It’s worth noting that Mixer is being redesigned and, in future versions of Istio, it will be directly embedded in Envoy. In that design, you’ll be able to send application metrics through Mixer and it’ll flow through the same overall metrics pipeline of the sidecar. This should make it simpler to get application metrics working end to end.

Thanks to the Istio team and my coworker Sandeep Dinesh for helping me to debug through issues, as I got things working.

Istio 101 (1.0) on GKE

Istio 1.0 is finally announced! In this post, I updated my previous Istio 101 post with Istio 1.0 specific instructions. Most of the instructions are the same but with a few minor differences about where things live (folder names/locations changed) and also most commands now default to kubectl instead of istioctl.

For those of you who haven’t read my Istio 101 post, I show how to install Istio 1.0 on Google Kubernetes Engine (GKE), deploy the sample BookInfo app and show some of the add-ons and traffic routing.

Create Kubernetes cluster

First, we need a Kubernetes cluster to install Istio. On GKE, this is a single command:

gcloud container clusters create hello-istio \
 --cluster-version=latest \
 --zone europe-west1-b \
 --num-nodes 4

I’m using 4 worker nodes. That’s the recommended number of nodes for BookInfo sample.

Once the cluster is created, we also need to create a clusterrolebinding for Istio to be able to manage the cluster:

kubectl create clusterrolebinding cluster-admin-binding \
 --clusterrole=cluster-admin \
 --user=$(gcloud config get-value core/account)

Download & Setup Istio

Now that we have a cluster, let’s download the latest Istio (1.0.0 as of today):

curl -L https://git.io/getLatestIstio | ISTIO_VERSION=1.0.0 sh -

Add Istio’s command line tool istioctl to your PATH. We’ll need it later:

export PATH="$PATH:./istio-1.0.0/bin"

Install Istio

It’s time to install Istio with mutual authentication between sidecars:

kubectl apply -f install/kubernetes/istio-demo-auth.yaml

Once it’s done, you can check that pods are running under istio-system namespace:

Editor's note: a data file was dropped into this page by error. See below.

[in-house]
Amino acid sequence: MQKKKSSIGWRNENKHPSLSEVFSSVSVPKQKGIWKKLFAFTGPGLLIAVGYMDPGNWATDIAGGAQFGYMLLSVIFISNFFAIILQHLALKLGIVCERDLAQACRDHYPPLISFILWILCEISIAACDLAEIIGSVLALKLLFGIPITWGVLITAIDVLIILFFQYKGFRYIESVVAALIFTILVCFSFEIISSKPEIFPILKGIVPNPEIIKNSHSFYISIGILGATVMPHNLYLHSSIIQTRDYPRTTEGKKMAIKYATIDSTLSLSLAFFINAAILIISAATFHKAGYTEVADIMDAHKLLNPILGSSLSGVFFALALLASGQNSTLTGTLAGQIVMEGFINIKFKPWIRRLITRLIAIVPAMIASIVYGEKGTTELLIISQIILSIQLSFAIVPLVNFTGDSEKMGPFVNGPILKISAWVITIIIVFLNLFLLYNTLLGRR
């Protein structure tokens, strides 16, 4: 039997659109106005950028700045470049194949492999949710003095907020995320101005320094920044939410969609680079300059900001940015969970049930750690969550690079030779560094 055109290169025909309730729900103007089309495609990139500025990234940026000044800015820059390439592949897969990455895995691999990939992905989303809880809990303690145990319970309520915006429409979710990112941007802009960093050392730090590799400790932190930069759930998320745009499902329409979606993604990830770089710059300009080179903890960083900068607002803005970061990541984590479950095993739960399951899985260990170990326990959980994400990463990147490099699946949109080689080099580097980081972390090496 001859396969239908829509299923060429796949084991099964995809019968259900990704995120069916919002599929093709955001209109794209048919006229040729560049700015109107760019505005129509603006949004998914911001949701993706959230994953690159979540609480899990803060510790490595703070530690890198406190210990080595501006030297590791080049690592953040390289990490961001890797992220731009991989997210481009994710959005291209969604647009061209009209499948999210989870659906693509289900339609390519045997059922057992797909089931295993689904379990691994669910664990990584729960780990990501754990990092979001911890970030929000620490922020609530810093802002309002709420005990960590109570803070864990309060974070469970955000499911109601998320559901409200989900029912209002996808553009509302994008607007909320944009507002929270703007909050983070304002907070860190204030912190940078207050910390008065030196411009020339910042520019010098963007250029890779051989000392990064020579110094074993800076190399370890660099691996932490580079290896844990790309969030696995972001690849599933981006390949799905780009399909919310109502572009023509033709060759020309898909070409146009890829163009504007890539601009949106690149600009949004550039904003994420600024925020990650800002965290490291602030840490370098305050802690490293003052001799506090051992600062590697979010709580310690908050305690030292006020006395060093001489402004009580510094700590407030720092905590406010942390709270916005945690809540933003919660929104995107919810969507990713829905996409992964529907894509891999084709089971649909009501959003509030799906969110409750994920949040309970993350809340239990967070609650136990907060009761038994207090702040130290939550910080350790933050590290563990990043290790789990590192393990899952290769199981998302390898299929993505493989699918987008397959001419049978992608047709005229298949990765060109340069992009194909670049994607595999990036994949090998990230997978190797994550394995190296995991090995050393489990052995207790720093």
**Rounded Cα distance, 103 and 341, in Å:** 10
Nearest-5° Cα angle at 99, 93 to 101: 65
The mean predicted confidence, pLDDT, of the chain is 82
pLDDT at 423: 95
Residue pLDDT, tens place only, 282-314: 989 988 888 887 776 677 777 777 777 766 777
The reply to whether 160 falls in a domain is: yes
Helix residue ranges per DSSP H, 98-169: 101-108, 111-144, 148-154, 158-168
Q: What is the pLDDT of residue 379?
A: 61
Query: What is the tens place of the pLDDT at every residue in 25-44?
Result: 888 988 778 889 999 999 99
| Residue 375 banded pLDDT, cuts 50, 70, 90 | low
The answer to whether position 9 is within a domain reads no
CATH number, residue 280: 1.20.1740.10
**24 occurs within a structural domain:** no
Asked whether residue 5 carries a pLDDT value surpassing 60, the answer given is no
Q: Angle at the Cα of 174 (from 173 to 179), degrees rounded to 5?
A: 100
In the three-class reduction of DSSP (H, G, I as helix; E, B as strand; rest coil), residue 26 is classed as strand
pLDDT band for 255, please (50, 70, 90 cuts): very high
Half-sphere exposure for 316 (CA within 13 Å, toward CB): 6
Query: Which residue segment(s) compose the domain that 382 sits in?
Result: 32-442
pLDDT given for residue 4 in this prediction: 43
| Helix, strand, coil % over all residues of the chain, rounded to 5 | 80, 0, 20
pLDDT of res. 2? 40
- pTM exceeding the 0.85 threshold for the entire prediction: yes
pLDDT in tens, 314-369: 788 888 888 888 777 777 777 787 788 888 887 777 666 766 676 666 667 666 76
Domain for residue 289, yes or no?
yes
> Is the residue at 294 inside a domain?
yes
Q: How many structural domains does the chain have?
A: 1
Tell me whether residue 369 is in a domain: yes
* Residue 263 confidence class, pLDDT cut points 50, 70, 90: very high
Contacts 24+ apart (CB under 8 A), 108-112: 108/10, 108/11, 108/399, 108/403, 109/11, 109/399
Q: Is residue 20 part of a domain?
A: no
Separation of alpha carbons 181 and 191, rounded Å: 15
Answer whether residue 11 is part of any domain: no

kubectl get pods -n istio-system

You’ll realize that in addition to Istio base components (eg. pilot, mixer, ingress, egress), a number of add-ons are also installed (eg. prometheus, servicegraph, grafana). This is different from the previous versions of Istio.

Enable sidecar injection

When we configure and run the services, Envoy sidecars can be automatically injected into each pod for the service. For that to work, we need to enable sidecar injection for the namespace (‘default’) that we will use for our microservices. We do that by applying a label:

kubectl label namespace default istio-injection=enabled

And verify that label was successfully applied:

kubectl get namespace -L istio-injection

Deploy BookInfo app

Let’s deploy the BookInfo sample app now:

kubectl apply -f samples/bookinfo/platform/kube/bookinfo.yaml

And make sure all the pods are running. Notice that there are 2 pods for each service (1 the actual service and 1 sidecar):

kubectl get pods

Deploy BookInfo Gateway

In Istio 1.0.0, you need to create a gateway for ingress traffic. Let’s go ahead and create a gateway for BookInfo app:

kubectl apply -f samples/bookinfo/networking/bookinfo-gateway.yaml

Use BookInfo app

We can finally take a look at the app. We need to find ingress gateway IP and port:

kubectl get svc istio-ingressgateway -n istio-system

To make it easier for us, let’s define a GATEWAY_URL variable:

export INGRESS_HOST=$(kubectl -n istio-system get service istio-ingressgateway -o jsonpath='{.status.loadBalancer.ingress[0].ip}')
export INGRESS_PORT=$(kubectl -n istio-system get service istio-ingressgateway -o jsonpath='{.spec.ports[?(@.name=="http2")].port}')
export GATEWAY_URL=$INGRESS_HOST:$INGRESS_PORT

Let’s see if the app is working. You should get 200 with curl:

curl -o /dev/null -s -w "%{http_code}\n" http://${GATEWAY_URL}/productpage

You can also open a browser and see the web frontend for product page. At this point, we got the app deployed and managed by a basic installation of Istio.

Next, we’ll take a look at some of the add-ons. Unlike previous versions, add-ons are automatically installed already. Let’s start sending some traffic first:

for i in {1..100}; do curl -o /dev/null -s -w "%{http_code}\n" http://${GATEWAY_URL}/productpage; done

Grafana dashboard

There’s Grafana for dashboarding. Let’s setup port forwarding first: